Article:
New Jersey officials, led by Gov. Jon Corzine, Saturday announced that light rail transit was the preferred rail option to serve the CSX Northern Branch, traversing the eastern portion of Bergen County, New Jersey’s most populous county.
NJT Executive Director Rich Sarles, participating in the press conference held Saturday in Ridgefield, N.J., to announce the decision, said preliminary engineering could begin in 2010, with groundbreaking in 2011, and revenue service beginning in 2014.
The decision in effect extends the existing Hudson-Bergen Light Rail Transit (HBLRT) line north 11 miles from its current terminus in North Bergen (Hudson County), N.J., to Tenafly, in Bergen County, making the HBLRT moniker more accurate.
The move also reverses efforts by many to implement a diesel multiple-unit (DMU) shuttle service on the 11-mile stretch, with passengers transferring to and from existing HBLRT operations (shown at left). The DMU proposal itself was advanced beginning in 2003; prior to that, New Jersey Transit had given strong indications that it would extend light rail into Bergen County.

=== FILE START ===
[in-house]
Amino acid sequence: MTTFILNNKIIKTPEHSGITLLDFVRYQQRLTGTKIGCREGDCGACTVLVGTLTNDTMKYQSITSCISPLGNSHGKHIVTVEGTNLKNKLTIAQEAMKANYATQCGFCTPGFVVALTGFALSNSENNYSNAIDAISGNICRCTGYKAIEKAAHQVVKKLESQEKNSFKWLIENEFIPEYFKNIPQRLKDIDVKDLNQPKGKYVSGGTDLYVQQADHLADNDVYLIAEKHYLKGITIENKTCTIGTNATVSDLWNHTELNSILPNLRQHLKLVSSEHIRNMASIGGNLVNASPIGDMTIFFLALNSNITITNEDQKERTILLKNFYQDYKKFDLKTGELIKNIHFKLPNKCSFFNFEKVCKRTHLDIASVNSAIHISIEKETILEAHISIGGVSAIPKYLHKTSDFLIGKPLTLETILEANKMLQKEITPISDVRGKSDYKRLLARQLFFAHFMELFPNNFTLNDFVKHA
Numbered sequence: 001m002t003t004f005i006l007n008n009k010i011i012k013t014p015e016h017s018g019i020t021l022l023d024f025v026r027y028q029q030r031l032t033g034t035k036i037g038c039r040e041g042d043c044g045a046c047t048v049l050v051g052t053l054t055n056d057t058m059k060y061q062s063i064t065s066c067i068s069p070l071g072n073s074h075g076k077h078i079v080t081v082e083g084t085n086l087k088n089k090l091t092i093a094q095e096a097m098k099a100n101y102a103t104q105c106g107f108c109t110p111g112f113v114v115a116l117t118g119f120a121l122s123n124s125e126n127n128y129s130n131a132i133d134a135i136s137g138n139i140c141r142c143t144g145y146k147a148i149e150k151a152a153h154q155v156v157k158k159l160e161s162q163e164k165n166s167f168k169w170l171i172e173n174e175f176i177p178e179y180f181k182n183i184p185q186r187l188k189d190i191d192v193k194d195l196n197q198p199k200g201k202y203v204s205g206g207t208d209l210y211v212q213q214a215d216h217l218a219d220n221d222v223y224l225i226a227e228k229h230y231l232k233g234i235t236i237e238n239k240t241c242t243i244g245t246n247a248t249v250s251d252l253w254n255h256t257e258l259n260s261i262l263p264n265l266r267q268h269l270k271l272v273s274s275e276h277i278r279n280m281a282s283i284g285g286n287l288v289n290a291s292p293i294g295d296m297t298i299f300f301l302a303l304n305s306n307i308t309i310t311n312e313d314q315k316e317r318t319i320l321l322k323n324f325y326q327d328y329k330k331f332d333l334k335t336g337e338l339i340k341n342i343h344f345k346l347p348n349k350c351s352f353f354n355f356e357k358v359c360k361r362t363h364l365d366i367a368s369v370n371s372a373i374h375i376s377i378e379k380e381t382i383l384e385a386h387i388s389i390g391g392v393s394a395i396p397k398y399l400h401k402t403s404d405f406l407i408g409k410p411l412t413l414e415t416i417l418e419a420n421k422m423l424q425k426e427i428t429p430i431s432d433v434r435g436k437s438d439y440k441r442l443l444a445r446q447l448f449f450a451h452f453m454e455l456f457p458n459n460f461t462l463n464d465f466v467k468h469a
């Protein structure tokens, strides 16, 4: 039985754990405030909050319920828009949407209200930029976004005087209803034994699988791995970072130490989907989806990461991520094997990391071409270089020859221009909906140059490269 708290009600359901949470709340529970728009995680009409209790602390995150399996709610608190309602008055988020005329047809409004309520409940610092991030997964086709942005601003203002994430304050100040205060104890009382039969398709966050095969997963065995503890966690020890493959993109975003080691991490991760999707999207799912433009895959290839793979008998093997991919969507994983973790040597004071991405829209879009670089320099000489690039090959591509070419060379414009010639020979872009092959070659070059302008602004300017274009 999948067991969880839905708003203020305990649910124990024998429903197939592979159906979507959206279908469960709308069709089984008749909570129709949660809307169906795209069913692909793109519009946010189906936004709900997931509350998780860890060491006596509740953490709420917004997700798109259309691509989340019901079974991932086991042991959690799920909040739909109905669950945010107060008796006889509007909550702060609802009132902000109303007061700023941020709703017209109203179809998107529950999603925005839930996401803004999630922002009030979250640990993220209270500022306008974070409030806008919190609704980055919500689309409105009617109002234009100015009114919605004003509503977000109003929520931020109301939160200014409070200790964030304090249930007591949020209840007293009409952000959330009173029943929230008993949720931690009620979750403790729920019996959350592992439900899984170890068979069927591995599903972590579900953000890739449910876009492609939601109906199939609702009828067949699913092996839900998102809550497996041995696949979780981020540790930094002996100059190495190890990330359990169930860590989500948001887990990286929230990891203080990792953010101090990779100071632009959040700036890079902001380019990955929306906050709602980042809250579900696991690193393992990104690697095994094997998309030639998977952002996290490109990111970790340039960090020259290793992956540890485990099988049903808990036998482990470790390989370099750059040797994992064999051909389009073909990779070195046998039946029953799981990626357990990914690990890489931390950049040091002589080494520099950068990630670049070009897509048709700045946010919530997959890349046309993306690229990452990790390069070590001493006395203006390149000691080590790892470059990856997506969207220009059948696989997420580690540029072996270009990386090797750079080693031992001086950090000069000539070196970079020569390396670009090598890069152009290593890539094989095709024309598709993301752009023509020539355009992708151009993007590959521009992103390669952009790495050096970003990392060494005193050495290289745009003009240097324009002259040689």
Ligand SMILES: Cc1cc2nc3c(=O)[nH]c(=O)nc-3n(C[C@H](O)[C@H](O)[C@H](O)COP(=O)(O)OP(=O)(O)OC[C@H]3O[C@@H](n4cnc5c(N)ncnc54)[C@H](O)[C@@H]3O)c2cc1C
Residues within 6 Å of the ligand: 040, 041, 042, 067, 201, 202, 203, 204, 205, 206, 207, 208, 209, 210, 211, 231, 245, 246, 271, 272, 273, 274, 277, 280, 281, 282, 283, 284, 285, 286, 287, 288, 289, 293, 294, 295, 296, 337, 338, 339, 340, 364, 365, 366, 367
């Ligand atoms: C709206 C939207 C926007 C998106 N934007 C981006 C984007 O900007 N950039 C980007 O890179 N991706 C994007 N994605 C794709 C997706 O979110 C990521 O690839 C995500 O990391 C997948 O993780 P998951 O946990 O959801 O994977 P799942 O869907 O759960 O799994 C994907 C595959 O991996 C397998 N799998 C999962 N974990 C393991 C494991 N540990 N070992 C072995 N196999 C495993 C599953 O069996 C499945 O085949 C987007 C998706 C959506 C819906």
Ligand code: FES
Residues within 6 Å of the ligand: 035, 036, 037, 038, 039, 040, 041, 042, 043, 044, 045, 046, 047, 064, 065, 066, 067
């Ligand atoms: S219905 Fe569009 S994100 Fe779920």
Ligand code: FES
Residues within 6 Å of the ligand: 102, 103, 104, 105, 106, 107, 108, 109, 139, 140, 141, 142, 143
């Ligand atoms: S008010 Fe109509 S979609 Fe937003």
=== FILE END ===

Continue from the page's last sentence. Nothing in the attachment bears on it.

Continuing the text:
CSX currently operates a light freight schedule on the Northern Branch, cited by some to justify the DMU option to comply with Federal Railroad Administration safety regulations. LRT proponents countered that temporal separation measures, such as those used within New Jersey by both Newark Light Rail and RiverLINE diesel light rail transit operations, could be used equally effectively to address safety concerns.
New Jersey Transit says it has submitted a revised Draft Environmental Impact Statement to the Federal Transit Administration for approval for public release, expected shortly. Public hearings on the DEIS are scheduled to be held in Northern Branch communities this fall. Those communities include Ridgefield, Palisades Park, Leonia, Englewood, and Tenafly.